Game Jam

Game Building Challenge for Grades 3-8

Game Jam 2020-2021

The 2020-2021 Game Jam focused on soil. Teams were encouraged to incorporate field investigation data and observations, online data resources, and investigations in a new game idea.

Educators/leaders registered teams of 2-5 students in two age categories (Grades 3-5 and 6-8). Games could be either analog or digital. See rubric here.

Registration was open November 1, 2020 through January 31, 2021.

Learn more - Click the links below to see the recordings of the Introduction to Game Jam and Soil Basics.

Introduction to Game Jam Online Session - Learn how to get started, tips for creating fun, educational games, and the rules for submitting your game to be entered in the statewide contest.

Soil Basics Online Session - Learn about the complex system that is soil, and its role in our lives. This is an introduction that can help students determine what aspect of soil they want to "dig" into to learn more and teach others through their game.

Teams submitted a game description and 4-minute video by February 28, 2021.

All registered educators and their teams were invited to the Game Jam Awards Presentation and Celebration on April 7, 2021.

Below are the honorees by category (Game title, student names, school):

Grades 3-5 Digital

  1. Jurassic Jam by Hunter, Nevada Middle School

Grades 3-5 Analog

  1. Super Soil by Lucas and Dominic, Decorah Home School Assistance Program

  2. Soil by Czandrya, Charli, and McKenna, Sidney Elementary

  3. Build a Plant by Hailey, Nevada Middle School

3. Worms go Down the Stream by Kinsley, Alexander, Aniyah, Jaslyn, Legyn, Cedar River Academy at Taylor

Honorable Mention to Wheel of Soil by Keegan, Addison, Natalie, and Kesler, Edgewood-Colesburg Elementary School

Grades 6-8 Digital

  1. Cowgirl Soil Park Rangers by Myler, Adysen, Audrey, Hayden, and Maddy, Sidney Elementary

  2. Soil Sim by Kane, Will, Logan, and Carter, Sidney Elementary

  3. Soil Scapes by Addy, Foster, Maleigha, and Hayley, Sidney Elementary

Grades 6-8 Analog

  1. Farming Fun by Isaiah and Eston, Decorah Home School Assistance Program

Thank you to our sponsors, committee members, and judges!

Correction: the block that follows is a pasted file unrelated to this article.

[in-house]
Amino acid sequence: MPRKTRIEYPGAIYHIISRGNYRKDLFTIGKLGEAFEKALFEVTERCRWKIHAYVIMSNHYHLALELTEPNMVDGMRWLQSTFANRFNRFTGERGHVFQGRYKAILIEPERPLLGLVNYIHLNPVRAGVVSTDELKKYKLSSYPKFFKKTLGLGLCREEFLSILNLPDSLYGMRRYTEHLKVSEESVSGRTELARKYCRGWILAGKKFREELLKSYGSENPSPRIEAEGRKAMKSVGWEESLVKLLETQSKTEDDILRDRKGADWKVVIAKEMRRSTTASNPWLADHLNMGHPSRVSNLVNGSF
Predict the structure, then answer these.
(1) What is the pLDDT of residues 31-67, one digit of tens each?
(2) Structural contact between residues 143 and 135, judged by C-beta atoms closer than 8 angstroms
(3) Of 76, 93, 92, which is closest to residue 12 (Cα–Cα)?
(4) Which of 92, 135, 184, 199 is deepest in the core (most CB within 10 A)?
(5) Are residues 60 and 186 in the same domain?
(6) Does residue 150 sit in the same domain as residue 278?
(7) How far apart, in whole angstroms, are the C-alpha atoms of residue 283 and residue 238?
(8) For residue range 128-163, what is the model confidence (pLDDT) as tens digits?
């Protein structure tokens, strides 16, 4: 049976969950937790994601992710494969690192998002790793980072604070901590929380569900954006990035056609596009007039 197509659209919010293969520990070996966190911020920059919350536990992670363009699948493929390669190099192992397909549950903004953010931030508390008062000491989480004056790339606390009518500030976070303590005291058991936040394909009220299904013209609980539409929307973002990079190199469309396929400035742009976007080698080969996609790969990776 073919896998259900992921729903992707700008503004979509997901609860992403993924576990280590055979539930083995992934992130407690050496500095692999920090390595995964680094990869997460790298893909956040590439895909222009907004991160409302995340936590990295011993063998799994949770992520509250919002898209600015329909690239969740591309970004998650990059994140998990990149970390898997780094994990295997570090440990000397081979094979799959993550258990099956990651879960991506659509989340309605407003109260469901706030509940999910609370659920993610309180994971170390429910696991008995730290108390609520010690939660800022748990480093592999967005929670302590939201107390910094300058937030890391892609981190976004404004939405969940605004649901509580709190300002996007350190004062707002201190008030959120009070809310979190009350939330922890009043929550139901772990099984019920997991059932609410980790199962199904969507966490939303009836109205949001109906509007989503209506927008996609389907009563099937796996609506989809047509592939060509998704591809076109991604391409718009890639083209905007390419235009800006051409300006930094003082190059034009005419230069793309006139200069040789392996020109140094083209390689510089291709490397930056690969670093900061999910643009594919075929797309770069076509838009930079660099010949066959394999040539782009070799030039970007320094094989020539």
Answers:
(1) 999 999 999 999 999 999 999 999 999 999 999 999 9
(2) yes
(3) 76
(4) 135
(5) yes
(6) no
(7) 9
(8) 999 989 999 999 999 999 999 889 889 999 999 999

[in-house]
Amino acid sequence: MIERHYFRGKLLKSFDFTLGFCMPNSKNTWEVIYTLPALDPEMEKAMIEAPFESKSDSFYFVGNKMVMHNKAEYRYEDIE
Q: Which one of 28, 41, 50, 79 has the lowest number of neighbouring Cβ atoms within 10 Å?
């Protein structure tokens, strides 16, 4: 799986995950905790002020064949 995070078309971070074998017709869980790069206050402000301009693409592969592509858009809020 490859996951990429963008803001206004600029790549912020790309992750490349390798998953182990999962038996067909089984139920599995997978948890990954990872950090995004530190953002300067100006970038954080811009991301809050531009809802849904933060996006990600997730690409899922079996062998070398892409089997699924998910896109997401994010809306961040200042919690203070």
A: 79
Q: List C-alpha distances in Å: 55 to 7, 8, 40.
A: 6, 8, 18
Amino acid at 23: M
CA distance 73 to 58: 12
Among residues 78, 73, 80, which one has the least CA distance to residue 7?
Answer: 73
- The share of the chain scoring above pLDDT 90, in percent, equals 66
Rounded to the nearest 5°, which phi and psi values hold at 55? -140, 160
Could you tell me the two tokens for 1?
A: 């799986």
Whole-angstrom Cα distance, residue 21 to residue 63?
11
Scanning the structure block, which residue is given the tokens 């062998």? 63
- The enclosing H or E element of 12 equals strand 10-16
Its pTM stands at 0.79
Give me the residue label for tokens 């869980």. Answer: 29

• Iowa Conservation Education Coalition

  • Iowa Department of Natural Resources (DNR)

  • Iowa Project WILD

Game Jam Committee

  • Patrick Chase, Natural Resources Conservation Service (NRCS)

  • Barb Gigar, Iowa DNR

  • Julie McMichael, NRCS

  • Jerry Neppel, Iowa Department of Agriculture and Land Stewardship (IDALS)

  • Peg Steffen, NOAA, NASA, Contractor


  • Alex Martin, Iowa DNR

  • Amie Davidson, Iowa DNR

  • Barb Gigar, Iowa DNR

  • Jerah Sheets, Iowa DNR

  • Jerry Neppel, IDALS

  • Lori McDaniel, Iowa DNR

  • Peg Steffen, NOAA, NASA, independent consultant

About Game Jam

The goal of a "Game Jam" is for a small group to get together and prototype game designs (online, pervasive, tabletop, or other formats). Participants share a common theme and create a working prototype in a short amount of time. The brief time span is meant to help encourage creative thinking to develop small innovative games.

Games are increasingly used in educational settings to help inspire curiosity, creativity, collaboration, optimism, and problem-solving skills among a wide variety of audiences. Serious games address real-world challenges, compress time and space, encourage systems thinking, and promote active engagement, making them particularly well suited to conservation education.


Your materials needs will vary depending on the type of game that your students will create. The following are some materials that may be helpful for a game jam:

  • Index cards

  • Spinners

  • Pens, pencils, markers

  • Paper (white, construction, large format, etc.)

  • Small sticky pads

  • Large sticky pads

  • Dry erase boards and markers

  • Art supplies

  • Game pieces

  • Dice (many kinds)

  • Mathematics cubes

  • Buttons or old game markers

Game Formats

Groups can develop analog or basic digital games.

Analog game - The game should only use non-digital components. Typical examples include board games, card games, or role-playing games. Games must be in a playable form at the end of the event. The category is useful for either short or long events and is suited for locations with limited technology.

Basic digital game - Games can be remixed from an existing game in the community or use a digital game platforms (e.g., Scratch, Gamestar Mechanic, Pixel Press’ Floors and Bloxels, Roblox, GameSalad, or BreakoutEDU). Minecraft can be used if there is a clearly designed game experience within a Minecraft World and there is a clear goal for a player to achieve within the Minecraft world with clear constraints. Teachers can also use interactive fiction tools to create a text adventure based on the theme (e.g., Twine, InkleWriter, Episodes).

Tips and Tricks for Jamming

  1. Play other games first. Discuss how the games are played and what makes them fun.

  2. Get familiar with the topic - see the Learn About Soils page for information and activities.

  3. Narrow the focus - direct team members to think about one aspect of soils (soil structure, food webs, soil formation, etc.).